You know, there isn’t very much modern information out there about how to write a good staff bio, so I thought I would contribute to the solution (I hope).
has should have a Meet The Team page. Change the title to suit your company, but the important part here is that you have a way for potential clients, possible investors, and future team members to get to know who the people are that make your company work. If you’re a small company and it makes sense, list every employee with their bio. If your company is too large to list everyone, at least list the key management that leads your company.
The hard part, though, doesn’t seem to be in choosing who to list, but rather what to say about them. Do you keep it sterile and to-the-point to display your professionalism, or use over-the-top hyperbole to display your winning personality? Do you list the kids’ names, or the multiple degrees? It can be a little overwhelming. To take some of the frustration, here is the Visceral Concepts list of winning staff biography characteristics.
- Written to the Audience – You have to know what your client base looks like, then you have to write to it. If you’re targeting Fortune 500 companies, you want to sound as professional as possible. On the other hand, if your market is consumers, write in a voice that shows your personality. Facebook is a great example. Their corporate site features bios that aim at investors in the company, while each manager holds a profile full of personality that faces the consumer public.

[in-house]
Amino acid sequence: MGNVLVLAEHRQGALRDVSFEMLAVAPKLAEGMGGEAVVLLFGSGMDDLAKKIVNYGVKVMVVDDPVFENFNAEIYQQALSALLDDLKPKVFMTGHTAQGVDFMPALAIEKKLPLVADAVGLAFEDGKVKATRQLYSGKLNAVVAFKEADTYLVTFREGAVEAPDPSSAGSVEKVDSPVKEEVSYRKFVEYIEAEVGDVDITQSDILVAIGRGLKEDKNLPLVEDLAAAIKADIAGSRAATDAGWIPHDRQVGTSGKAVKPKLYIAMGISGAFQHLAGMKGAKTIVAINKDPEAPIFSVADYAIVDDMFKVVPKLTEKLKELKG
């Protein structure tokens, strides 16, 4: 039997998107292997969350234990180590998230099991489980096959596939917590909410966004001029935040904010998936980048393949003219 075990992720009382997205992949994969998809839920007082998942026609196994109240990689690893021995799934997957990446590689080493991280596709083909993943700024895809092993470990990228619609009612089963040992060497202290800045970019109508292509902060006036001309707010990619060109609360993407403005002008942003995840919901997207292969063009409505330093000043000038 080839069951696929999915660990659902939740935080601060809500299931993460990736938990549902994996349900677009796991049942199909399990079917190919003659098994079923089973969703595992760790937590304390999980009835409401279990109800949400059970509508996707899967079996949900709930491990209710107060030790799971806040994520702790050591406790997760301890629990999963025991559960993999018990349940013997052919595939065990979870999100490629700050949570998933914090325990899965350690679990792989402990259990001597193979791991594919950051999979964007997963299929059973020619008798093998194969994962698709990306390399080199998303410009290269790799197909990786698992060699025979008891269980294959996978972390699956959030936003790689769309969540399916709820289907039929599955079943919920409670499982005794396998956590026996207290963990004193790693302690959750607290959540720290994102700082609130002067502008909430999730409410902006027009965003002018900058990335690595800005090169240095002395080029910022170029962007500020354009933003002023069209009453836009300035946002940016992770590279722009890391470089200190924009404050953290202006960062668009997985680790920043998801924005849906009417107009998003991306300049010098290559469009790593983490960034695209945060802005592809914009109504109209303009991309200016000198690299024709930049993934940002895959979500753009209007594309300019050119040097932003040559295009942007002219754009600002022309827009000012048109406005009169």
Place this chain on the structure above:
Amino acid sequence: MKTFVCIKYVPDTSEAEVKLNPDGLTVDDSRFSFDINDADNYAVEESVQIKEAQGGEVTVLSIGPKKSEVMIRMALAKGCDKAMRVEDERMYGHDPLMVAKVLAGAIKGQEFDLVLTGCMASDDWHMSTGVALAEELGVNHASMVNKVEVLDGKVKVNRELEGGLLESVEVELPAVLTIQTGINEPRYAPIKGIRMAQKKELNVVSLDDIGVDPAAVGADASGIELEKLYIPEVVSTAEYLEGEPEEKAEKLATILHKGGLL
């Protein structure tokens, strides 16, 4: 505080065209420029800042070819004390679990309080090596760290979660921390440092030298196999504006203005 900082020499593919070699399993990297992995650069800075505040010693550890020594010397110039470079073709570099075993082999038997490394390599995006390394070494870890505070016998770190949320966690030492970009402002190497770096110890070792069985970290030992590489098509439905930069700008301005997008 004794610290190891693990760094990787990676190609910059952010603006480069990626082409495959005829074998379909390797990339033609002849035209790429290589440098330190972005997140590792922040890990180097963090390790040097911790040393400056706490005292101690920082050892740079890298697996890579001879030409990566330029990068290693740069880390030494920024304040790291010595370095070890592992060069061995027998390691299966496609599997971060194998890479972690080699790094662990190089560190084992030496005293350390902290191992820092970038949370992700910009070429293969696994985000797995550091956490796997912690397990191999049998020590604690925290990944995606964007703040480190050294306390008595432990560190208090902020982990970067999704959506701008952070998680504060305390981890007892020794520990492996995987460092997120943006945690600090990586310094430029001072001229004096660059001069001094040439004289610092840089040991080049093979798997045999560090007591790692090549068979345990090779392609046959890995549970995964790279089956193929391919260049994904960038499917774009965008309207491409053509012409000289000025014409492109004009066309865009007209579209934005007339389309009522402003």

- The Stats – Put together all of the important information – name, title, degrees, qualifications, core responsibilities – into an easy to digest “scorecard” that first identifies a category, then classifies the employee with brief responses. For example: Name – Joe Smith, Title – VP of Technology, Core Focus – Innovative, client-facing software deliverables, Degree – Bachelor in Psychology from Stanford, Years in Industry: 10.
- The Overview – Include an overview of the employee’s full responsibilities, personality, and professional accomplishments. Never ever boast about them (or yourself) directly. When you want them to be known as a powerhouse, let the credible third-party sources do the boasting. Include references from publications and from organizations that have given the employee an award, excluding your own company. Check out the first paragraph of Owner Magazine CEO Chris Brogan’s about page for a great example of an objectively written bio paragraph.
- The Picture – The picture is an absolute must, and should have a personality that matches that the overall site and the company.
- Contact Info – Getting in touch with someone directly from their bio should be possible in smaller organizations. However, for the larger ones, this doesn’t always make sense, but can be great for publicity and reputation.
- Brevity – Now that I’ve given you this whole list of qualifications that I hope you’ve been using to prep your bio, it’s the right time to tell you to be brief. It’s easy to put together a long list of things to tell your prospective clients, but most people won’t read it all. Your stats should include no more than 5 items, and your overview should be no longer than a paragraph and a half.
Remember, your staff bio may be the most important piece of your site. If they don’t like you and don’t trust you, they don’t buy from you. Make your bio the best it can be.